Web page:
We are sending Brandon a free replacement assembly, complete with tube, reinforcement and O-rings (photo of care package below). My engineers also extracted the relevant sections from our in-house assembly manual and I posted that to the discussion.

    FYI All this discussion happened publicly on our owner's forum, with all 300 other decent espresso customers being able to read everything. The hope is that by being transparent about problems and how we deal with them, that people will have greater trust in us.

    -john



  5. #2105
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    Default Lining up the ears

    portafilter_placing copy.jpg

    Because our espresso machine design has an extra handle on the group head, for me it’s really important that the portafilter lines juuuuuust right on the group head, once it’s locked in.

    I’m obviously not the only one who notices this, as photos of this alignment appear frequently on social media (two examples below).

    Getting this fit right is really finicky, because it’s down to tenths-of-a-millimeter tolerances, as you’re slowly tightening something against a rubber gasket.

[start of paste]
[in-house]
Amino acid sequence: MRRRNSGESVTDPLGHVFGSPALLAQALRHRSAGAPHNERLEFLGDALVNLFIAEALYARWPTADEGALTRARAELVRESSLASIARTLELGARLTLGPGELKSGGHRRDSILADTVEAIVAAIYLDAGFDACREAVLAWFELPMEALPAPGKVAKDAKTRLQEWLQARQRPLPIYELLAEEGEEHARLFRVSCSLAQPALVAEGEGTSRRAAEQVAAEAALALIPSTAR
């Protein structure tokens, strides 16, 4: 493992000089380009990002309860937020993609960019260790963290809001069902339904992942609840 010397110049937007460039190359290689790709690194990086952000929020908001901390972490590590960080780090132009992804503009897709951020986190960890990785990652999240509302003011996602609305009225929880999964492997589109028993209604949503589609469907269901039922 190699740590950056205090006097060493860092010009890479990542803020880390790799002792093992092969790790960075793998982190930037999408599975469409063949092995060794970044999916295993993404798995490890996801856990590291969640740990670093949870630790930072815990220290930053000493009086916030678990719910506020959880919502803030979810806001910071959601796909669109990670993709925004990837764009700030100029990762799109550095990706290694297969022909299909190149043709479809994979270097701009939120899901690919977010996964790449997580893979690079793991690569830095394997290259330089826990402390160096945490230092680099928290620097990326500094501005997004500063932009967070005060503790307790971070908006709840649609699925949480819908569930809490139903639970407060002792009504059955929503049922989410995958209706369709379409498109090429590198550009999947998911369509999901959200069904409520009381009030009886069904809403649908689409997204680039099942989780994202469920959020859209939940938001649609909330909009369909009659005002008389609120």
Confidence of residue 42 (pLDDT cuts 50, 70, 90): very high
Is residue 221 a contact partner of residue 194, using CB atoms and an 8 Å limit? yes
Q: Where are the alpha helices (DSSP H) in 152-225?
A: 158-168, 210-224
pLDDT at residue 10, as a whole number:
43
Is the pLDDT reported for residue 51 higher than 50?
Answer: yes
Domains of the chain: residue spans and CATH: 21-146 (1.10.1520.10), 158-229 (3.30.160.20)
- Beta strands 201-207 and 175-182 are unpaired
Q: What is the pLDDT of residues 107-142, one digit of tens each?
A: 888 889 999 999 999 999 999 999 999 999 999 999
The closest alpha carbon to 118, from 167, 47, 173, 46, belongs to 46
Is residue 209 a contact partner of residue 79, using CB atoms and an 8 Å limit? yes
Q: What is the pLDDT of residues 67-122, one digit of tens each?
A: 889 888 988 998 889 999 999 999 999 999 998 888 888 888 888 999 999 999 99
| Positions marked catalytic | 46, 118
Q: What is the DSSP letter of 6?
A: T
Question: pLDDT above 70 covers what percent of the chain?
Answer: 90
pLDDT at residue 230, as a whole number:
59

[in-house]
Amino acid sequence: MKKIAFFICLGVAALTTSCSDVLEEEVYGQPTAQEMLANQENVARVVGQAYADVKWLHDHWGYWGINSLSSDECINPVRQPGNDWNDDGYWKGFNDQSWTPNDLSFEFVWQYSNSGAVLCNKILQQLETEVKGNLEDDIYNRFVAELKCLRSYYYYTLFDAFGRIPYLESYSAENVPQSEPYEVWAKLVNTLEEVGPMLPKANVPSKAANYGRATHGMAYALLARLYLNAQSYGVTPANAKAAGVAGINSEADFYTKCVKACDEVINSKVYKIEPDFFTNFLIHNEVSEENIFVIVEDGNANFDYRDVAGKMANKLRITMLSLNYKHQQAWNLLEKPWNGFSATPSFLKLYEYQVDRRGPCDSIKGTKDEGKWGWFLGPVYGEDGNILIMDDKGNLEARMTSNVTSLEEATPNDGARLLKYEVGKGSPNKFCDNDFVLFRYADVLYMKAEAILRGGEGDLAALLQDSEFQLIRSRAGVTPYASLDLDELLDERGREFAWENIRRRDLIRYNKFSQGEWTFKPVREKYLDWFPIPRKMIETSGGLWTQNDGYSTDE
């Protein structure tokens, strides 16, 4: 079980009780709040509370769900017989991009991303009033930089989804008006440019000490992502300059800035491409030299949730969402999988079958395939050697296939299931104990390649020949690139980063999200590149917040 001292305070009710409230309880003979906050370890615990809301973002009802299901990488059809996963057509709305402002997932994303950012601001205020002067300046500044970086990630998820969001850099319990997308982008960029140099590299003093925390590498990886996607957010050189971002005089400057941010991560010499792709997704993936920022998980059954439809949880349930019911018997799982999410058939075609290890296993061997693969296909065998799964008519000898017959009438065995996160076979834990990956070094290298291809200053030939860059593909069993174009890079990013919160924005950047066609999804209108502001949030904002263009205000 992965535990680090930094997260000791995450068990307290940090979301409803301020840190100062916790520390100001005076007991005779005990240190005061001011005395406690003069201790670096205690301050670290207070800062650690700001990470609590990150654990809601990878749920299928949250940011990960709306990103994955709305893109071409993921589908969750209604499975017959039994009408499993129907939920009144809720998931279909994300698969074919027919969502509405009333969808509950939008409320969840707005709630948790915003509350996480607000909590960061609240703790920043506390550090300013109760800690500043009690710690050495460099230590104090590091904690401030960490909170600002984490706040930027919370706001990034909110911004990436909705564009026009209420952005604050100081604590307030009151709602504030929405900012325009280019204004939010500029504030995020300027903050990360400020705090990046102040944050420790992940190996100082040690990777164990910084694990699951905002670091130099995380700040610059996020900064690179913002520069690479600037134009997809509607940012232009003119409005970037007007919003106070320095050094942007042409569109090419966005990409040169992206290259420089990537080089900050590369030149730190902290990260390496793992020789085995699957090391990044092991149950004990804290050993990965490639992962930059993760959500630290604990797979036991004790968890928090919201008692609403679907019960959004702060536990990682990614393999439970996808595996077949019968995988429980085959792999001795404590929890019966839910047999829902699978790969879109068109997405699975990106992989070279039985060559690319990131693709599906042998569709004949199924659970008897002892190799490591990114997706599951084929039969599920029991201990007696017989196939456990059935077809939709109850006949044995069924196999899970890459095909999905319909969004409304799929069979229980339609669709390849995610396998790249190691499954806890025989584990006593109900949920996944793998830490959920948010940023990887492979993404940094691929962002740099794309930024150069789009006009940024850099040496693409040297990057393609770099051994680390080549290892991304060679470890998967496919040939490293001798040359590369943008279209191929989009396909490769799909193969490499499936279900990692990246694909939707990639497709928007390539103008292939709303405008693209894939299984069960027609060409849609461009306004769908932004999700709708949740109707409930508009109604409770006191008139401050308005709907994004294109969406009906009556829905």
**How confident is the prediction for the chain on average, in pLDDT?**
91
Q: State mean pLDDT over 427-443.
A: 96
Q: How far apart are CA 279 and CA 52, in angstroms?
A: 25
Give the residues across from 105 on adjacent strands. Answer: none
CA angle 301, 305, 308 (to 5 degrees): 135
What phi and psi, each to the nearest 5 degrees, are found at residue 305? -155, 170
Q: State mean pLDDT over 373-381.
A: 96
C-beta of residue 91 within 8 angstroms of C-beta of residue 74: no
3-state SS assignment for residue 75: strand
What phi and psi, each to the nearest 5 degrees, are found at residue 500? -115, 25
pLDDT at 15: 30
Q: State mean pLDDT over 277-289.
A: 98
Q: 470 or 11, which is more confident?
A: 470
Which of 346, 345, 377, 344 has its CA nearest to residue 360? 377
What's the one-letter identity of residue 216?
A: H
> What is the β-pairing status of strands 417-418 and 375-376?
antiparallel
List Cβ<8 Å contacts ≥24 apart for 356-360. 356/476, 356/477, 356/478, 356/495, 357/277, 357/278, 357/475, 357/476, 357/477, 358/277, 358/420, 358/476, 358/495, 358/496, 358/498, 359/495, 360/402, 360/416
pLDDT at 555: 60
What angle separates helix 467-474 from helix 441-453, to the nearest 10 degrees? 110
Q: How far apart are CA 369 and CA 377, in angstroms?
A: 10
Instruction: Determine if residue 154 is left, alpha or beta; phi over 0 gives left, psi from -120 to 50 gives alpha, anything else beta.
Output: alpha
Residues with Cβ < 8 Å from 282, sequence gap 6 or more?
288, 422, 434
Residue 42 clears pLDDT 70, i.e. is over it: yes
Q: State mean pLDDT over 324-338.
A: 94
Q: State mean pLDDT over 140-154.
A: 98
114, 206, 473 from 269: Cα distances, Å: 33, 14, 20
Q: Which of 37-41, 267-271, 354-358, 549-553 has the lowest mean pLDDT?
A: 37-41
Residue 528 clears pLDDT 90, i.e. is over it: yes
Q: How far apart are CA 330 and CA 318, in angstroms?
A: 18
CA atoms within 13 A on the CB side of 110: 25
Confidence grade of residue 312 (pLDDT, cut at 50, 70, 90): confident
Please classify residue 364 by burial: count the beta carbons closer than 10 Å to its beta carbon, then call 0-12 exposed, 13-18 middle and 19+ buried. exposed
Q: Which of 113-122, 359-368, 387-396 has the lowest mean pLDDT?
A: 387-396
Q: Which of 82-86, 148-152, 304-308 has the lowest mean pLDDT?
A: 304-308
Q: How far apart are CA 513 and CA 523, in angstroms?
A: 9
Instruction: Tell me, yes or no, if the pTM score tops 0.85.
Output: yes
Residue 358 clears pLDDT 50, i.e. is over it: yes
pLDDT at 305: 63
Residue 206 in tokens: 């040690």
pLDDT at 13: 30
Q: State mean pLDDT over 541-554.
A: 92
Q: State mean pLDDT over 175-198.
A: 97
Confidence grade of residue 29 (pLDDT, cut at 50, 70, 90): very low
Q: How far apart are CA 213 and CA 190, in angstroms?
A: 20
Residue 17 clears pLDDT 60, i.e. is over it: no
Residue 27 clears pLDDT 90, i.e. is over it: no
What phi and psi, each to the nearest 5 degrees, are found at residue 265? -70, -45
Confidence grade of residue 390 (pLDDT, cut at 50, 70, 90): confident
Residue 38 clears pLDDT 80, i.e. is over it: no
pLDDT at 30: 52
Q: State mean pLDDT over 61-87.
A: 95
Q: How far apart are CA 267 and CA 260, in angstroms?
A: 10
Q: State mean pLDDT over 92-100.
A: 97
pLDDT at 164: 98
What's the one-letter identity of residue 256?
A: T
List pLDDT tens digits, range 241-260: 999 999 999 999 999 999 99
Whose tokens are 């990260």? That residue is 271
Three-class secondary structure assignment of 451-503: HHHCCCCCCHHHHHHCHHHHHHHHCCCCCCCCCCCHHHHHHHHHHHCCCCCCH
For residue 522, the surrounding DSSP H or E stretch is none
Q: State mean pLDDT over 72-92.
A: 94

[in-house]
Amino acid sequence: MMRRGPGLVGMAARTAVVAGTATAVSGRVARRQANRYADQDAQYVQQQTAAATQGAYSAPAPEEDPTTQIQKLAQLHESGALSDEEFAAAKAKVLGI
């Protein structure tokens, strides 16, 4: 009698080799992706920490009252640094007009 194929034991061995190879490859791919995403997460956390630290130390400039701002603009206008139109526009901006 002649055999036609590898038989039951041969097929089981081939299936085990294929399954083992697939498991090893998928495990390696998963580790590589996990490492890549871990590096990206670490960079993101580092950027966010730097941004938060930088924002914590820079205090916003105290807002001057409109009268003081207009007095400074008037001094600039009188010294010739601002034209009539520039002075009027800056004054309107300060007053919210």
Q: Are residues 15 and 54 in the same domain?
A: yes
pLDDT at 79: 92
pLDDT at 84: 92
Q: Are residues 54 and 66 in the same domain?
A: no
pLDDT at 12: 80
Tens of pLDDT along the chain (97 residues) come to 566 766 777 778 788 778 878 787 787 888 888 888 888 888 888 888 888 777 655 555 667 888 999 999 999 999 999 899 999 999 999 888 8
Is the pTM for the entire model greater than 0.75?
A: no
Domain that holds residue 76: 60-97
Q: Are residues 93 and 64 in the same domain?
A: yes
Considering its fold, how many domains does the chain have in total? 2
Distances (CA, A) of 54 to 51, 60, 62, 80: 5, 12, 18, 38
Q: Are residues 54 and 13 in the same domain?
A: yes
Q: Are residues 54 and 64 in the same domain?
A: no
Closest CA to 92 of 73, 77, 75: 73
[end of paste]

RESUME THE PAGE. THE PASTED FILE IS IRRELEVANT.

The way we accomplish this perfect alignment is by using precision cut fiberglass insulators. We order them in a variety of thicknesses, and then we figure out—by actually assembling them— which works best. A computer CAD model can’t do the job.

    Our v1.1 group head parts have changed, because we removed 4mm of headspace above the basket in an effort to dry the puck to help make it easy to knock out, after an espresso.

    So…. in the photo below, you can see the steps my engineers have taken over the past week, to get the alignment just right, again, with this latest espresso machine version that we’re about to ship.